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Author Topic: Cummins ISM Oil pan help  (Read 3881 times)
Brian Diehl
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« on: August 11, 2008, 07:00:22 PM »

I am trying to find a cheaper alternative than a new "low profile"/"bus" oil pan for my ISM.  I have the original truck oil pan and it is deep.  I worry some day I'll hit something with it and loose all my oil.  I talked to Cummins and there are two different pans that will work for me with the sump in the rear "rear sump".

1)  3895954  -- $1700!
2)  3161489  -- $1500!
The part numbers are Cummins parts numbers and prices are from the parts guy.
These pans are about 4 inches shallower than my current pan and those are the 4 inches I want/need.

There has to be some of these on the used market for a reasonable price.  Does anyone know of a good source to try?   

I'm not spending that kind of money!  If I can't find a better alternative I may consider building some sort of skid plate.  I really don't want to do that either as it only adds weight and is really not the right solution.

Thanks for any help you can give me
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Busted Knuckle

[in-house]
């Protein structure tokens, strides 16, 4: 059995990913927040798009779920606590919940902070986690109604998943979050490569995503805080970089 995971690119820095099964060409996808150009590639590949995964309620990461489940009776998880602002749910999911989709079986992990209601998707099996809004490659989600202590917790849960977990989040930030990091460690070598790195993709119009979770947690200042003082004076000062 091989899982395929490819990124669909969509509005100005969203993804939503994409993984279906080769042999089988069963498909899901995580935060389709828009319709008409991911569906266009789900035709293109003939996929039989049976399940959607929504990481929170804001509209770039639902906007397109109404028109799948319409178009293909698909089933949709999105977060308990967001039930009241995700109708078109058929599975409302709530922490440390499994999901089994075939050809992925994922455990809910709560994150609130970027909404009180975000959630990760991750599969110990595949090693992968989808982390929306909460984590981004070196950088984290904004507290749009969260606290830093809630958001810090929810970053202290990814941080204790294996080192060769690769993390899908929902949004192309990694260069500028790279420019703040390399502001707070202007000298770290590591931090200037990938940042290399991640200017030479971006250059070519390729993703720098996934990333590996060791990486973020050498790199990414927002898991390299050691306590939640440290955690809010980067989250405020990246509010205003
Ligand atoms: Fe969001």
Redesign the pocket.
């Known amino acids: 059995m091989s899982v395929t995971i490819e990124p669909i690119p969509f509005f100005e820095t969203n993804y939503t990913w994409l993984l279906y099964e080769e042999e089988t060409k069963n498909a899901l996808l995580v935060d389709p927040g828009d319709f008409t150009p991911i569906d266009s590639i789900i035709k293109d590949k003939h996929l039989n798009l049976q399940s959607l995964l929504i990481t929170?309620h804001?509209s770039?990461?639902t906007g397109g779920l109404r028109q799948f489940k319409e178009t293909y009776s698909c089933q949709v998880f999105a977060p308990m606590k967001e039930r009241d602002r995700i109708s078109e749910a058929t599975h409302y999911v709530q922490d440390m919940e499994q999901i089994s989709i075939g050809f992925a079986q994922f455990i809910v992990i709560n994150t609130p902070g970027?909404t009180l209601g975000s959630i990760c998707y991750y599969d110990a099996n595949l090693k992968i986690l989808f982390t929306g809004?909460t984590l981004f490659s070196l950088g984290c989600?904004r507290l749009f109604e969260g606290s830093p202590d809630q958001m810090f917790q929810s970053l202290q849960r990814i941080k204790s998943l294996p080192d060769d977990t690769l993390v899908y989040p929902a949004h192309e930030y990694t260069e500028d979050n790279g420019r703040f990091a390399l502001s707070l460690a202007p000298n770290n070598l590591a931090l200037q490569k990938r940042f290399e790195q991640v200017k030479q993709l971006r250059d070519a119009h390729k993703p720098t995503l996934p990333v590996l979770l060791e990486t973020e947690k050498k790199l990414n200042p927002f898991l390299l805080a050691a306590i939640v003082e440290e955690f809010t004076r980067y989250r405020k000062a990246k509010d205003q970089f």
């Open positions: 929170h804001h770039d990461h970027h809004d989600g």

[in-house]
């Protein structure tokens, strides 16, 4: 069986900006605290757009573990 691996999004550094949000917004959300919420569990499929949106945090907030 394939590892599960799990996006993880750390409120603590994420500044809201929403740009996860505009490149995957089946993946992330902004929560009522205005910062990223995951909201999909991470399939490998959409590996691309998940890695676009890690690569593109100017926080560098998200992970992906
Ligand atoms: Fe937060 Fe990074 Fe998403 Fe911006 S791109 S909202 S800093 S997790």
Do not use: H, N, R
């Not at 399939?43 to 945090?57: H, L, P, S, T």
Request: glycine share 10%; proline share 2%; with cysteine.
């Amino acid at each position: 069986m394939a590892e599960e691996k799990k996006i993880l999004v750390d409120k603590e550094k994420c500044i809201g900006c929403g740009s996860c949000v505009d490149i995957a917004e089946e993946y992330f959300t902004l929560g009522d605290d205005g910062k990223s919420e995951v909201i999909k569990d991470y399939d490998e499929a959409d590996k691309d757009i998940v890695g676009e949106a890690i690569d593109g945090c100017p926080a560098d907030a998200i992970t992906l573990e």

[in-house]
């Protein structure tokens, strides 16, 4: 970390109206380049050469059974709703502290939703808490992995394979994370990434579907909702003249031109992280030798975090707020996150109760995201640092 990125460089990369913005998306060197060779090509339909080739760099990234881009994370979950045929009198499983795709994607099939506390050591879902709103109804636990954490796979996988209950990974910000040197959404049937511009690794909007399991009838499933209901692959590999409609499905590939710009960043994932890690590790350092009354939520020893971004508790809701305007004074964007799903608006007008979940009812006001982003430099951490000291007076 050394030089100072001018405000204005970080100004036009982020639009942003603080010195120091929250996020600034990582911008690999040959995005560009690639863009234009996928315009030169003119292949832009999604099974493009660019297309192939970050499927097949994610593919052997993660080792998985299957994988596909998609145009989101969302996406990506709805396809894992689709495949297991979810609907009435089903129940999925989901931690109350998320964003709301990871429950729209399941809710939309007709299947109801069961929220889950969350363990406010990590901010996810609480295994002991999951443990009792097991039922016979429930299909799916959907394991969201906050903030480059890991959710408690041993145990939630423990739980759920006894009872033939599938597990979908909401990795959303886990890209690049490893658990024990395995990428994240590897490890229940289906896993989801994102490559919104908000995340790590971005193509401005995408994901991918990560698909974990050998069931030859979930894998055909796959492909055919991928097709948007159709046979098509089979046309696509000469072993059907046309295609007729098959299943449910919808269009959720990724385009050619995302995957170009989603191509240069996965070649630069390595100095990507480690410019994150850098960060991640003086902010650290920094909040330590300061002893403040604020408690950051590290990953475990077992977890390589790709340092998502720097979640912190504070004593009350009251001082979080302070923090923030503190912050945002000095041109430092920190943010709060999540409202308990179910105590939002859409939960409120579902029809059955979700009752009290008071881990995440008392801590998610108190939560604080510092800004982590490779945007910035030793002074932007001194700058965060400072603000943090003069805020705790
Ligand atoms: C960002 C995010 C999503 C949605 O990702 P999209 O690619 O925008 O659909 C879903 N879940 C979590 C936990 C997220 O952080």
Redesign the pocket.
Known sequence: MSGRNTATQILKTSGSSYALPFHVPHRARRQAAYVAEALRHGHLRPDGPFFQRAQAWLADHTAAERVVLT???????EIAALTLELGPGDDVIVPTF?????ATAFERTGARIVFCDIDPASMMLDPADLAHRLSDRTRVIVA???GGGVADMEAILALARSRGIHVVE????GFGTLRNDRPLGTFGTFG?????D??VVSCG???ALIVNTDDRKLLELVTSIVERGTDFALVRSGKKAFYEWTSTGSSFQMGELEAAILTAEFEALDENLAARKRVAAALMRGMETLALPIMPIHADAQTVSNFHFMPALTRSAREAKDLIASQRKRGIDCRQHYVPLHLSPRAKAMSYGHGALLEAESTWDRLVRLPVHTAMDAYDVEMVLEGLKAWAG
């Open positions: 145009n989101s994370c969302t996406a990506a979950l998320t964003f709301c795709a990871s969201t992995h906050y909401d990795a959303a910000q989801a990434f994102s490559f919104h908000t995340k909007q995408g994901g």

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« Reply #1 on: August 11, 2008, 07:09:37 PM »

Brian if you can get us a stock pan from a junk yard (doesn't have to be good, mostly just there). Then give us the dimensions you want your new pan to be like. I got a guy who will build you one, that will A) work as good or better than stock. B) be stronger. C) look a whole lot "kweler". D) a heck of a lot cheaper! (at least 1/2 or more)

If you can shoot some pics & basic dimensions to me I can get a ball park figure for ya! Mark does some amazing things with metal! (of all kinds)
Grin  BK  Grin
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Busted Knuckle aka Bryce Gaston
KY Lakeside Travel's Busted Knuckle Garage
Huntingdon, TN 12 minutes N of I-40 @ exit 108
www.kylakesidetravel.net

Grin Keep SMILING it makes people wonder what yer up to! Grin (at least thats what momma always told me! Grin)
luvrbus
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« Reply #2 on: August 11, 2008, 07:29:53 PM »

Brian, try ABC Bus in Grand Prairie Tx when I was there they had a couple of the engines with a rod through the block that had the shallow oil pans  972-206-1110 I have no idea whom to speak with there about a pan    good luck